Astronomers at the Royal Observatory of Belgium have come to the conclusion that a subsurface ocean may be hiding under the Saturn moon, Dione. After Titan and Enceladus, Dione is the third of the gas giant’s moon which has now become a possible birthing place for extraterrestrial life.
In the past years, only by analyzing our solar system, we began noticing that liquid water, considered essential for the emergence of life (at least from a human point of view) was not as rare as we thought it to be. We know Mars itself has running water, and, more recently, even the one-time planet Pluto was shown to have water ice on its surface. Chances are there’s a lot more of it in the Universe than we had originally thought.
But what about these cold dark moons, so far away from the Sun’s habitable zone and so close to the dominion of the gas giants? It seems that just as the Sun gives enough warmth to make Earth (and possibly Mars, either in the past or more likely, in the future) habitable, it is these gas giants and their monstrous gravitational pull that provides friction. In turn, the friction provides heat, which helps maintain water liquid on frozen worlds like Jupiter’s Europa.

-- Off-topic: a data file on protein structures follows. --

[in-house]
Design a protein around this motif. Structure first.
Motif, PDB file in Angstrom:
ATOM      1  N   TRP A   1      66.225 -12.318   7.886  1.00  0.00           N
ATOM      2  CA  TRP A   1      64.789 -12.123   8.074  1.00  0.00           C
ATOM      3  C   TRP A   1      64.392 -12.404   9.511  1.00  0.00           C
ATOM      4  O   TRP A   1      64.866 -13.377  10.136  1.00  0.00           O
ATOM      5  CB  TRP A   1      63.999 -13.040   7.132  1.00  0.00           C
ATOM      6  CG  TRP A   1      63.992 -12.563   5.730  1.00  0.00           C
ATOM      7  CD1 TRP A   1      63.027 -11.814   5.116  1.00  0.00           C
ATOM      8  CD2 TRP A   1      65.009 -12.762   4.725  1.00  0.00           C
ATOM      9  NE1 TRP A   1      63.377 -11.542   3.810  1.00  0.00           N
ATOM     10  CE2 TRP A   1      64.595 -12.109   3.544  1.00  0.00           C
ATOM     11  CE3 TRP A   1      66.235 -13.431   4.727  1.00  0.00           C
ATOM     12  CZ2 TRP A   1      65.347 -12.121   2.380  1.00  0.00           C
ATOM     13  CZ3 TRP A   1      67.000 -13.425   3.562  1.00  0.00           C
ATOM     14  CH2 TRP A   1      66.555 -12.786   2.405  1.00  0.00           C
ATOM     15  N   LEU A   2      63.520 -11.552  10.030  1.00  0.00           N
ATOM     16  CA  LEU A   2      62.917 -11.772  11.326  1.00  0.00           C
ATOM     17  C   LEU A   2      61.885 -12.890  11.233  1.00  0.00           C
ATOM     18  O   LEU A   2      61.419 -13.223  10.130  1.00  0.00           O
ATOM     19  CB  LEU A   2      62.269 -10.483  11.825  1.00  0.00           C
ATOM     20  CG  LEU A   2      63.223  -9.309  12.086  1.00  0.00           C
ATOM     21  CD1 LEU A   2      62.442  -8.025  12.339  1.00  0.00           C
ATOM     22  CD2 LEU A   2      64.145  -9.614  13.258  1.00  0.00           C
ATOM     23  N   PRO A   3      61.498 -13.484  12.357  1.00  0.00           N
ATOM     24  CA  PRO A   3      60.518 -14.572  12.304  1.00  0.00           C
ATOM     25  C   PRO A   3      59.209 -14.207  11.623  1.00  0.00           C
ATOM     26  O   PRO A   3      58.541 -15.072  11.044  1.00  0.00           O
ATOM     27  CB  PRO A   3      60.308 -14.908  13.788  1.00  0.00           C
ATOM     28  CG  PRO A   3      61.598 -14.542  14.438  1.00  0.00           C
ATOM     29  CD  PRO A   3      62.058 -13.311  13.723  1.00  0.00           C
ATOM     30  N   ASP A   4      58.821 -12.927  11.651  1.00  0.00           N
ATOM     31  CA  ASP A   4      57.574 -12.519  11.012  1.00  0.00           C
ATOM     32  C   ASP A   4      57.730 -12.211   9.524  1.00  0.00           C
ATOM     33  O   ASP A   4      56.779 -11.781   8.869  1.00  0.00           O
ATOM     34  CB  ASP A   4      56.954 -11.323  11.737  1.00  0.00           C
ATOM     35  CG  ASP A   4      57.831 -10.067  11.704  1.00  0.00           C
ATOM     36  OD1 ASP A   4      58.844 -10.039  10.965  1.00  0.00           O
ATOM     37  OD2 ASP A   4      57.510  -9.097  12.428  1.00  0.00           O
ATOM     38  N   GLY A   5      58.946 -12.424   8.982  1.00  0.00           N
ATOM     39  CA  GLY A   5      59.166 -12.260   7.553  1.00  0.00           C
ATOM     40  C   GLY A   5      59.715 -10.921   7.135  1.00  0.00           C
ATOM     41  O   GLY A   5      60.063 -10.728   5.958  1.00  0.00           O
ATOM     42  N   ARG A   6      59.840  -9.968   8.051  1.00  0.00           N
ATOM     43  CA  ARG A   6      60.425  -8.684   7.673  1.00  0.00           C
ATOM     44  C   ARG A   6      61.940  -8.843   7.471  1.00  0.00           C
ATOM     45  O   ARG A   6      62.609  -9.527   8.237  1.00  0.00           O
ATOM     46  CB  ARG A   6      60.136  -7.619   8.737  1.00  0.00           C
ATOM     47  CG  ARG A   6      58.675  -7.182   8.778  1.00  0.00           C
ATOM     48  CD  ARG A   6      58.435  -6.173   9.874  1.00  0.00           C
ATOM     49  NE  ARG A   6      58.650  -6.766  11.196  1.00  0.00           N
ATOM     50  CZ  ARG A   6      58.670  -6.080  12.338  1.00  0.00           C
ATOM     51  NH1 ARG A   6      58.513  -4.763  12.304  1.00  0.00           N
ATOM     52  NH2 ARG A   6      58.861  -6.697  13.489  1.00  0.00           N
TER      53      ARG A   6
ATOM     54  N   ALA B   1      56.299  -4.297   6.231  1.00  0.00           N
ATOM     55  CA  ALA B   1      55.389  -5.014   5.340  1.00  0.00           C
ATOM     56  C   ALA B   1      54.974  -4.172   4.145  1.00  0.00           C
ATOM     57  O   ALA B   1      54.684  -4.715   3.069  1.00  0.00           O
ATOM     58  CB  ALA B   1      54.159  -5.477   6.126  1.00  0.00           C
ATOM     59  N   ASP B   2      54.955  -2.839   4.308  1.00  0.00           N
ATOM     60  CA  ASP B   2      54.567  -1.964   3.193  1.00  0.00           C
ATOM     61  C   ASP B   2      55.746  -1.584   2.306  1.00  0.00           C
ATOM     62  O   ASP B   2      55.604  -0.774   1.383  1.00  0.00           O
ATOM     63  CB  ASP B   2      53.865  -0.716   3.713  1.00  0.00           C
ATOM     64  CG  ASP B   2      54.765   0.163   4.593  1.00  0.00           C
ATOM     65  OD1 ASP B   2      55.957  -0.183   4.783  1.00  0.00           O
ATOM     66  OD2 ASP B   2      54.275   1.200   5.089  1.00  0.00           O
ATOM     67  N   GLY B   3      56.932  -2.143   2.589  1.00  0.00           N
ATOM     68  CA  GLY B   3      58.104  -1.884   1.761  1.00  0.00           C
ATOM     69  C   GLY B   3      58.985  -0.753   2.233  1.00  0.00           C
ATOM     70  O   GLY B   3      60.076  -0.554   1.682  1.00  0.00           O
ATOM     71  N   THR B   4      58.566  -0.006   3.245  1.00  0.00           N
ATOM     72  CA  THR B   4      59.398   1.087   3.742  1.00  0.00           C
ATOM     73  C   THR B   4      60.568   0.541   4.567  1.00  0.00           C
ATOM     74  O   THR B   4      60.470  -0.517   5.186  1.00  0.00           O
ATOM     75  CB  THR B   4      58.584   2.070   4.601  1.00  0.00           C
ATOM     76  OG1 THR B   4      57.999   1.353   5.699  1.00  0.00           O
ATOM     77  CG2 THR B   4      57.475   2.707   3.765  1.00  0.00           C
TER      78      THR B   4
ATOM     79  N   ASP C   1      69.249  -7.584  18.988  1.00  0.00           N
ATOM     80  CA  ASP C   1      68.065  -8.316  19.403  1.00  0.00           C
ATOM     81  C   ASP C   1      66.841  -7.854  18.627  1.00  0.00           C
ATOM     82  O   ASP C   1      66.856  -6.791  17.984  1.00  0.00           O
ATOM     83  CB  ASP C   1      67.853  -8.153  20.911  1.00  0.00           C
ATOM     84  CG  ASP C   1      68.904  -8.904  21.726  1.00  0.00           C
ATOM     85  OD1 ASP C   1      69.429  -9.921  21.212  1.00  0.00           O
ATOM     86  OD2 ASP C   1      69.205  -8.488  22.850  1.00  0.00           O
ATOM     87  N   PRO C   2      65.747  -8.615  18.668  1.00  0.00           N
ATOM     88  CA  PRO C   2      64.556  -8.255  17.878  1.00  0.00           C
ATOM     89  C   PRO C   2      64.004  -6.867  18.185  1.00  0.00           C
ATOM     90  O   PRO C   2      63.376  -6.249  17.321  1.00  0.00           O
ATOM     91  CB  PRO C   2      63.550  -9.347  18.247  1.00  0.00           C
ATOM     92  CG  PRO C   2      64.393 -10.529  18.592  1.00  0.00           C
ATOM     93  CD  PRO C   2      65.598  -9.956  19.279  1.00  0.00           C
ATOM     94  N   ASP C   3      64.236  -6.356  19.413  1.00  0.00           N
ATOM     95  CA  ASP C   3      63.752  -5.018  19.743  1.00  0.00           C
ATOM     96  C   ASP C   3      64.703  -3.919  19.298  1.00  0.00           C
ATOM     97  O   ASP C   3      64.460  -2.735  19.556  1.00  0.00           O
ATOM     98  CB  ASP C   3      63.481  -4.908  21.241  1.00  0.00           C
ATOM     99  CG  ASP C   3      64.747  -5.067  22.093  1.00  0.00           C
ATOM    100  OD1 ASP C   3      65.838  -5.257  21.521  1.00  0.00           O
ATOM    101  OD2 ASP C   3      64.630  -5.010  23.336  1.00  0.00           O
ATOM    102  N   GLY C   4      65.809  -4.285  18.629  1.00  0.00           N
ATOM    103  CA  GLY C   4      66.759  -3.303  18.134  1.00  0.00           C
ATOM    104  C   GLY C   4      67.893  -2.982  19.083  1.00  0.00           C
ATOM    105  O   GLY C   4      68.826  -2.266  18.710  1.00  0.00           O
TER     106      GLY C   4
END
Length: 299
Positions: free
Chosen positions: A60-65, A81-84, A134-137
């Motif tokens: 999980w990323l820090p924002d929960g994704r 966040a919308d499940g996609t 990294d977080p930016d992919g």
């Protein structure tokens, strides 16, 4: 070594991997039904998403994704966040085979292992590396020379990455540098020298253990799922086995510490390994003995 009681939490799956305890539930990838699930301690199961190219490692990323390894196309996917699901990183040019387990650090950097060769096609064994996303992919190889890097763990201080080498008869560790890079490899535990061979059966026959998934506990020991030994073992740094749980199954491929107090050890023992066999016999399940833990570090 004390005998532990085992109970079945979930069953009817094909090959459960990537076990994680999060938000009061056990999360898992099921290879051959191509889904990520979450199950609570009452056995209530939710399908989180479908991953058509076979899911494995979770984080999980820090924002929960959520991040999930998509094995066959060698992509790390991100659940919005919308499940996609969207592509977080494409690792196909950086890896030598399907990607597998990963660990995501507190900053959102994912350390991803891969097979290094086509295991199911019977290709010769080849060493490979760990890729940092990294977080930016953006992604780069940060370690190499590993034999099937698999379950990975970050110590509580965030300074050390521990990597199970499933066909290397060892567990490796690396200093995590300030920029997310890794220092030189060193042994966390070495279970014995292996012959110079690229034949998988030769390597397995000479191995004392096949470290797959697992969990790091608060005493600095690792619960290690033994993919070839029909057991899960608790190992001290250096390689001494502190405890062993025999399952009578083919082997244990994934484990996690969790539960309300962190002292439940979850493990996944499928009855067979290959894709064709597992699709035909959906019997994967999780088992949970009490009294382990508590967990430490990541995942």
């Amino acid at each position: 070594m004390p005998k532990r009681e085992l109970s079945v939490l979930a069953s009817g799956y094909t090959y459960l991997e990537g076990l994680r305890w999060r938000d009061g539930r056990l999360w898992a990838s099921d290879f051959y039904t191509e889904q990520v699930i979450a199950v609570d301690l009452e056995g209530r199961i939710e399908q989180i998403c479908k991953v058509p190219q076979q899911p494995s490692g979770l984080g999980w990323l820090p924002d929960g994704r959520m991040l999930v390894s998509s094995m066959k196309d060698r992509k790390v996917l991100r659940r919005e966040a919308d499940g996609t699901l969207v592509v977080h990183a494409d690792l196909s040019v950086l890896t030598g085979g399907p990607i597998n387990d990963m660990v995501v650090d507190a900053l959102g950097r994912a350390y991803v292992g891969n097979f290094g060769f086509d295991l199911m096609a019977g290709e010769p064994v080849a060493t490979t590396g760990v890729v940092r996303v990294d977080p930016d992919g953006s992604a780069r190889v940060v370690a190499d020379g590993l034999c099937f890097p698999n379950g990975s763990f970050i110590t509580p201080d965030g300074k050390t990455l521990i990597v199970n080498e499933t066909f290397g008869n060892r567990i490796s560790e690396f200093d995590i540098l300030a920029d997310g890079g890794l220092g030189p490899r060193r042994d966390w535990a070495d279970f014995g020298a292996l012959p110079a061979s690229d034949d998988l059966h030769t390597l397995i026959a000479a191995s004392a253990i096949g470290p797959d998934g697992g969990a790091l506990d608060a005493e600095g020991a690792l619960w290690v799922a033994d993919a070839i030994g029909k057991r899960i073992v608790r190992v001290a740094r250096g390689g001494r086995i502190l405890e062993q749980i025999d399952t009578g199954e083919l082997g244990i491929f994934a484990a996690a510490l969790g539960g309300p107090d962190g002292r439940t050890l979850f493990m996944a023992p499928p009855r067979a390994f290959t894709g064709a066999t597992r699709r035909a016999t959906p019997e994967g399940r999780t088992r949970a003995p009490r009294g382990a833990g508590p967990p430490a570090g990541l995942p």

As for Dione, scientists from the Royal Observatory of Belgium have used data made available by NASA’s Cassini space probe. Their research detected certain gravitational anomalies, that, when accounted for along other features of the celestial body, led them to the conclusion that there might be an ocean hidden under its surface.
Enceladus, the other Saturn moon with a subsurface ocean, has also been studied by the Royal Observatory. Here, the Cassini probe was able to detect the moon’s libration, from which the scientists concluded that the planet’s ocean is much closer to its surface.
As for the possibility of life, scientists say that it depends on the rock-water interaction that takes place on the bottoms of these cold worlds. Only so would sufficient nutrients and sources of energy would form, in order to sustain even the tiniest microorganisms. And since Dione’s ocean is probably as old as the moon itself, the chances that some forms of aquatic life have already sprung there are pretty high.
Image source: Wikipedia